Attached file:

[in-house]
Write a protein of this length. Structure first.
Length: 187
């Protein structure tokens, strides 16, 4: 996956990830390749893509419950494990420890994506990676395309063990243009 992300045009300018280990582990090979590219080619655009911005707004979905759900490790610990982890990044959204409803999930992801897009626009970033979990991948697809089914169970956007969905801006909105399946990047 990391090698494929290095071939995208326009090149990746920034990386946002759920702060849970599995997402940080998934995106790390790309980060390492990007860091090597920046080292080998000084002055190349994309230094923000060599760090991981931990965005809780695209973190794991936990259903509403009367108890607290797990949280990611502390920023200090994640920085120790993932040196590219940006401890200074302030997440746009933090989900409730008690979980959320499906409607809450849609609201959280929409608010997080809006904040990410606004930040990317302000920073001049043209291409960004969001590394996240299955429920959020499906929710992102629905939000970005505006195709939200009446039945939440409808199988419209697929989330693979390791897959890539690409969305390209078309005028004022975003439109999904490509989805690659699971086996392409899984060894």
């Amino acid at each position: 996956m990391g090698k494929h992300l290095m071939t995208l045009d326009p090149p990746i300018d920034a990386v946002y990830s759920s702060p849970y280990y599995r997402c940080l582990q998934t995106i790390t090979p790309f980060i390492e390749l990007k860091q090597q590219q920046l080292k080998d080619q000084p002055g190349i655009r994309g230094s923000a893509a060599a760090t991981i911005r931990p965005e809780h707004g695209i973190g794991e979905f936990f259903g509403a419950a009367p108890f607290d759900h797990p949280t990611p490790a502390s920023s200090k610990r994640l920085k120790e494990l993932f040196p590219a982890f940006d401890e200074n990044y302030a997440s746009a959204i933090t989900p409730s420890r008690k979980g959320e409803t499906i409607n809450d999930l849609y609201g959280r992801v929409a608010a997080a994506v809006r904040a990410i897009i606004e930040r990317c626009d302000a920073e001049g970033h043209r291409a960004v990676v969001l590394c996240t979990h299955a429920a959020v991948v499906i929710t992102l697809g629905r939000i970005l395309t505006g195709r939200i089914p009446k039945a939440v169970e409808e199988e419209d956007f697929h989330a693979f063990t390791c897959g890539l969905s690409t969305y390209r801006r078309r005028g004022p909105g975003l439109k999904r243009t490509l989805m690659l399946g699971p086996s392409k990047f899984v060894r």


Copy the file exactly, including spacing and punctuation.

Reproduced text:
[in-house]
Write a protein of this length. Structure first.
Length: 187
């Protein structure tokens, strides 16, 4: 996956990830390749893509419950494990420890994506990676395309063990243009 992300045009300018280990582990090979590219080619655009911005707004979905759900490790610990982890990044959204409803999930992801897009626009970033979990991948697809089914169970956007969905801006909105399946990047 990391090698494929290095071939995208326009090149990746920034990386946002759920702060849970599995997402940080998934995106790390790309980060390492990007860091090597920046080292080998000084002055190349994309230094923000060599760090991981931990965005809780695209973190794991936990259903509403009367108890607290797990949280990611502390920023200090994640920085120790993932040196590219940006401890200074302030997440746009933090989900409730008690979980959320499906409607809450849609609201959280929409608010997080809006904040990410606004930040990317302000920073001049043209291409960004969001590394996240299955429920959020499906929710992102629905939000970005505006195709939200009446039945939440409808199988419209697929989330693979390791897959890539690409969305390209078309005028004022975003439109999904490509989805690659699971086996392409899984060894």
């Amino acid at each position: 996956m990391g090698k494929h992300l290095m071939t995208l045009d326009p090149p990746i300018d920034a990386v946002y990830s759920s702060p849970y280990y599995r997402c940080l582990q998934t995106i790390t090979p790309f980060i390492e390749l990007k860091q090597q590219q920046l080292k080998d080619q000084p002055g190349i655009r994309g230094s923000a893509a060599a760090t991981i911005r931990p965005e809780h707004g695209i973190g794991e979905f936990f259903g509403a419950a009367p108890f607290d759900h797990p949280t990611p490790a502390s920023s200090k610990r994640l920085k120790e494990l993932f040196p590219a982890f940006d401890e200074n990044y302030a997440s746009a959204i933090t989900p409730s420890r008690k979980g959320e409803t499906i409607n809450d999930l849609y609201g959280r992801v929409a608010a997080a994506v809006r904040a990410i897009i606004e930040r990317c626009d302000a920073e001049g970033h043209r291409a960004v990676v969001l590394c996240t979990h299955a429920a959020v991948v499906i929710t992102l697809g629905r939000i970005l395309t505006g195709r939200i089914p009446k039945a939440v169970e409808e199988e419209d956007f697929h989330a693979f063990t390791c897959g890539l969905s690409t969305y390209r801006r078309r005028g004022p909105g975003l439109k999904r243009t490509l989805m690659l399946g699971p086996s392409k990047f899984v060894r």